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· 5 min read
Pankaj Mouriya

Problem I am trying to solve -

I have an application which is using JWT based Access Token for maintaining the state of the user in the application. The exp claim or the expiry of the token is set to 6 months.

I have to convince my cool team of developers that it is not a good practice to use Long Lived JWT tokens.

Developers wants to know following -

  1. How the token can be stolen ?
  2. What can happen if we continue using the Long Lived JWT?
  3. What should be the best practice to follow?

After reading bunch of documents, blogs, and RFCs. I came up with below answers.

Readers Note - If you find something incorrect or if I misunderstood something. Just comment below and I will fix it in the blogpost

1. How the token can be stolen ?

  • It can be stolen if publicly shared
  • It can be Leaked in public github repository/pastebin etc
  • It can be stolen via Man-in-the-Middling(MITM) your connection

2. What can happen if Long Lived JWT is stolen?

Once the token is stolen, an attacker can have complete access to the user's account with whom the token is associated with and can potentially perform Read, Create, Update or Delete operations. Having access to a token is similar to having access to your Username and Password.

According to RFC6819

4.3.1 Threat: Eavesdropping Access Tokens
Attackers may attempt to eavesdrop access tokens in transit from the authorization server to the client.
Impact: The attacker is able to access all resources with the permissions covered by the scope of the particular access token.

3. What should be the best practice to follow?

  • Keep the JWT expiry values to a small value, may be 15 minutes or 5 minutesor less. If the token is stolen, it will be stolen for short period of time which will reduce the probability of it being used maliciously.

According to RFC6819 Use Short Expiration Time - A short expiration time for tokens is a means of protection against the following threats:

  1. replay
  2. token leak (a short expiration time will reduce impact)
  3. online guessing (a short expiration time will reduce the likelihood of success)
  • Using a deny-listing: Use a API endpoint say /logout and the moment user logs out and the /logout API is called, configure you Auth server to put the JWT in a "Deny-List" or "Invalid List". This way the JWT can be invalidated immediately the user logs out.

Using Deny-list or blacklist fails the purpose of using JWT over Session ID. But consider it as an extra or optional precaution which you can take if you are worried about token being stolen.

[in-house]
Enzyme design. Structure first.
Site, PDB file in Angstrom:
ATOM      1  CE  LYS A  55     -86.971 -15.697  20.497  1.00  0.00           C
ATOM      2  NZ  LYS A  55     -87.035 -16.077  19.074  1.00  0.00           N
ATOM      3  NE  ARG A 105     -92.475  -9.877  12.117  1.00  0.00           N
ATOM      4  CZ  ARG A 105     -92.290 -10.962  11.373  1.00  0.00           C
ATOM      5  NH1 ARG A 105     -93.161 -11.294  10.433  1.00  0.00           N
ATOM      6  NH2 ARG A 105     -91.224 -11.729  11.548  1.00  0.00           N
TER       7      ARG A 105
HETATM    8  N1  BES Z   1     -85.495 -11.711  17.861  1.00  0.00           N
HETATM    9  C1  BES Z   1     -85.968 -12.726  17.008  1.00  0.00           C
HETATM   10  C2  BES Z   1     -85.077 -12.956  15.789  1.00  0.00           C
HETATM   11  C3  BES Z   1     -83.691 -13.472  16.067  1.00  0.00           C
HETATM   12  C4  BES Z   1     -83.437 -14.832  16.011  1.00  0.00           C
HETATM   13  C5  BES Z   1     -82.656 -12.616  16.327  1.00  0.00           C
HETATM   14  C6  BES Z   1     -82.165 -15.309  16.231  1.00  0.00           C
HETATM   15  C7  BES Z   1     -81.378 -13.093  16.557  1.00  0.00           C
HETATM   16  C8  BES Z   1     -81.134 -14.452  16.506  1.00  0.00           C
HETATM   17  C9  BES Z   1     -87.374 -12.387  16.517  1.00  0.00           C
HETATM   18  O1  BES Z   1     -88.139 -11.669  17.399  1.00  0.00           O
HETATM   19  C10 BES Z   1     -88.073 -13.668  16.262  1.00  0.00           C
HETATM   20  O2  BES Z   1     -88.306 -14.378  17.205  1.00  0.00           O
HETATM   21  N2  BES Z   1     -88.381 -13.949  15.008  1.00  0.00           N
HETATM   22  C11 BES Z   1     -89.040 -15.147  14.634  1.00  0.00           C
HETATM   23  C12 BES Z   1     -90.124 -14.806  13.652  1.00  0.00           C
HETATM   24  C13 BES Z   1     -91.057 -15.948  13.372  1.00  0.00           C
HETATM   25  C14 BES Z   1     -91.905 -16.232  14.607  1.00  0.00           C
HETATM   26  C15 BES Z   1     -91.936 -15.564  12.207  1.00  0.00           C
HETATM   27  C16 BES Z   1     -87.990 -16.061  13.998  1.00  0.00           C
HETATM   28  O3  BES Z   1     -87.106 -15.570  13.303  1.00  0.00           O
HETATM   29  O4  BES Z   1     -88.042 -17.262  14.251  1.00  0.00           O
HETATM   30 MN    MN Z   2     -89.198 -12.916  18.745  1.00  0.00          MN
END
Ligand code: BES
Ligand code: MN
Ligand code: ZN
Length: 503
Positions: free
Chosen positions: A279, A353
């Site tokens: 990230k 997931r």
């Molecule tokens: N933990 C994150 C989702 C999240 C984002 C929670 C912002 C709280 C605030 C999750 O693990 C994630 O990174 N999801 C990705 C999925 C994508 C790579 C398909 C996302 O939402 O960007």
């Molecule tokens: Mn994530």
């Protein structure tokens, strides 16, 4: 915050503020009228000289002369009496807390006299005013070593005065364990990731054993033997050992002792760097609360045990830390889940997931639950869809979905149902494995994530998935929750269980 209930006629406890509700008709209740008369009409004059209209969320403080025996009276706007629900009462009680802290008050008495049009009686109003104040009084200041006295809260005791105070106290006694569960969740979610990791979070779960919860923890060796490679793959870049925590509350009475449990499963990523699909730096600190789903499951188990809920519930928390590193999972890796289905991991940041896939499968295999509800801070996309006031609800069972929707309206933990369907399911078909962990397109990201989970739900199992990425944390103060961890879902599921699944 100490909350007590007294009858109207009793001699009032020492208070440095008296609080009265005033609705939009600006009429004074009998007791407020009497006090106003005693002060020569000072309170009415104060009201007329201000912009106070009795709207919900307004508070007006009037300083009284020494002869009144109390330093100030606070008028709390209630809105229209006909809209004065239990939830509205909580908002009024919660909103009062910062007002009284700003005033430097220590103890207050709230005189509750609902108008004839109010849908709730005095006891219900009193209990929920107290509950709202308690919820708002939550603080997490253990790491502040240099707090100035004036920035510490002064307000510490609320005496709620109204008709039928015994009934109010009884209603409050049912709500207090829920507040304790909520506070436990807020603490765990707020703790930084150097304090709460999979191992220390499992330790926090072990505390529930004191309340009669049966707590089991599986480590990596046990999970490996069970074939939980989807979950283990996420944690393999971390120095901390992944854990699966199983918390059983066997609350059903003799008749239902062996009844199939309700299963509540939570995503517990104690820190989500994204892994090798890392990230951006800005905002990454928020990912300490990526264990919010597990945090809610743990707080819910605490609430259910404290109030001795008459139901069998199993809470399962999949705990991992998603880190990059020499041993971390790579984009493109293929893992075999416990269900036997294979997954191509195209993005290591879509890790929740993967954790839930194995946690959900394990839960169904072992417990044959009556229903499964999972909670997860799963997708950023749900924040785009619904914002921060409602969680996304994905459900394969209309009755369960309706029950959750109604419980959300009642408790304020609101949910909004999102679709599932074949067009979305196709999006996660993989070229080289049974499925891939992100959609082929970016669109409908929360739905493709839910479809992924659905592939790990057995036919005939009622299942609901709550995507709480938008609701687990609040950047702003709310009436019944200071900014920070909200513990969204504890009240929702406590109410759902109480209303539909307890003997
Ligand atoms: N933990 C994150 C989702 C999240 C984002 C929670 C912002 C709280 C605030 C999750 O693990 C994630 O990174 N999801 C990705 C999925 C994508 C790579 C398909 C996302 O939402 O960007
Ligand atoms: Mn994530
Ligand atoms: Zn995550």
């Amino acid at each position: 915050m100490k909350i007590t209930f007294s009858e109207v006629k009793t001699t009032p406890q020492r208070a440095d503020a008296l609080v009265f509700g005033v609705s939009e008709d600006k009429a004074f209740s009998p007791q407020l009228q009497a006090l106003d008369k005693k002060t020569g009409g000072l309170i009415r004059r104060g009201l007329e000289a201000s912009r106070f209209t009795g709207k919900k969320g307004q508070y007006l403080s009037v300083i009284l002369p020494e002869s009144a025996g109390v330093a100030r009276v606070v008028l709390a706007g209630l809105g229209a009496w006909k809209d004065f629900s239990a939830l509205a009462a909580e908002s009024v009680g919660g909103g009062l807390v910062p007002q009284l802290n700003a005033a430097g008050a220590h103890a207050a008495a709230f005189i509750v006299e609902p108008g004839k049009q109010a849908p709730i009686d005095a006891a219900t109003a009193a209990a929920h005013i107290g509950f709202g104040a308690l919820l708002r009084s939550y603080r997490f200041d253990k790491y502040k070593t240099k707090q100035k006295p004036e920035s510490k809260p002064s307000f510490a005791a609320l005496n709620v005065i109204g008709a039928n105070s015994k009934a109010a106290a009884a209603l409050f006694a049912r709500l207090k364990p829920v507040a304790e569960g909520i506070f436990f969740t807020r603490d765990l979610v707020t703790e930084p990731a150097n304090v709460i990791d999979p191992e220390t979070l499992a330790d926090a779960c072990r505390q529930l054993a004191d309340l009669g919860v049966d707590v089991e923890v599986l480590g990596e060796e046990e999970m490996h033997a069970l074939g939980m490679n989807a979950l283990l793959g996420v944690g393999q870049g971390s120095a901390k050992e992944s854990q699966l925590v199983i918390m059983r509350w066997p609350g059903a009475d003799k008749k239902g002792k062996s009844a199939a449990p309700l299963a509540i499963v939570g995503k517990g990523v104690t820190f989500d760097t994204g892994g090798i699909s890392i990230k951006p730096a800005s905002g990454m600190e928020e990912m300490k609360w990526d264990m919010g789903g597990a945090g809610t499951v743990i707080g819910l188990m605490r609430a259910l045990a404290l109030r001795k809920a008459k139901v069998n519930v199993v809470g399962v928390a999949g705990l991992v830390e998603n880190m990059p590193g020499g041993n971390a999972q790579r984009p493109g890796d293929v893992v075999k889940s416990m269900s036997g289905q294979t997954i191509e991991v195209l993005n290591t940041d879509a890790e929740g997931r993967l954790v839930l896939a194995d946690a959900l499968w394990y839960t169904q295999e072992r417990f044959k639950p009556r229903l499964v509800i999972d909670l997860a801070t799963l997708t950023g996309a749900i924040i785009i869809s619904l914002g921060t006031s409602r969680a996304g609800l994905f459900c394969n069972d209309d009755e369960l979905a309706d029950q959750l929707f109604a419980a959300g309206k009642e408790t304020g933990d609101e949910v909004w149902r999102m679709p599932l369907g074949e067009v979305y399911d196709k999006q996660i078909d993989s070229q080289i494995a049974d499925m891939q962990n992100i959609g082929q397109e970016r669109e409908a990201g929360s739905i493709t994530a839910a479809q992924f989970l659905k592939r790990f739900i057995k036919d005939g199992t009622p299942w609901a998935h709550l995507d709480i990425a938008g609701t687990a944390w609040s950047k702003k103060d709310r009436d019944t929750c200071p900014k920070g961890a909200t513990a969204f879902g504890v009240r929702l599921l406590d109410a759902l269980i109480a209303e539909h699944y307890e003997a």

You can't have everything - Security is a kind of trade off here, either you can have Stateless JWT and risk your token to potential misuse or trade statelessness of JWT for security purpose.

Developer -
Using small expiry is not acceptable, my client does not like being logged out again and again or my client does not want to login again and again using ID and password

Security Engineer -
Makes sense, having short expiry time of JWT, the user will be logged out after every 5 or 15 minutes depending upon the defined time. No body wants to login again and again.
Why don't you implement Refresh tokens?
Refresh tokens can used to fetch a new JWT/Access Token before the token expires or after.

Developer -
But how does that work ?
The Refresh token is issued during the authentication process along with Access Token. In simpler terms, the auth server saves the refresh token for handling renewal of JWT.

To understand more, why don't you read below snippet by

By - Short-lived access tokens and long-lived refresh tokens

Developer -
But what if my Long-lived Refresh token is compromised ??

Security Engineer -
You can increase security by using refresh token rotation available in Auth0 and Okta Dashboard. Basically, every time an application exchanges a refresh token to get a new access token, a new refresh token is also returned. Therefore, you no longer have a long-lived refresh token that, if compromised, could provide illegitimate access to resources. As refresh tokens are continually exchanged and invalidated, the threat is reduced.

You can also refer below comments -

According to RFC6819 Refresh Token Rotation
Refresh token rotation is intended to automatically detect and prevent attempts to use the same refresh token in parallel from different apps/devices. This happens if a token gets stolen from the client and is subsequently used by both the attacker and the legitimate client. The basic idea is to change the refresh token value with every refresh request in order to detect attempts to obtain access tokens using old refresh tokens. Since the authorization server cannot determine whether the attacker or the legitimate client is trying to access, in case of such an access attempt the valid refresh token and the access authorization associated with it are both revoked.

According to RFC6819 Revocation of Refresh Tokens
The authorization server may allow clients or end users to explicitly request the invalidation of refresh tokens. A mechanism to revoke tokens is specified in [OAuth-REVOCATION].
This is a countermeasure against:

  • device theft,
  • impersonation of a resource owner, or
  • suspected compromised client applications.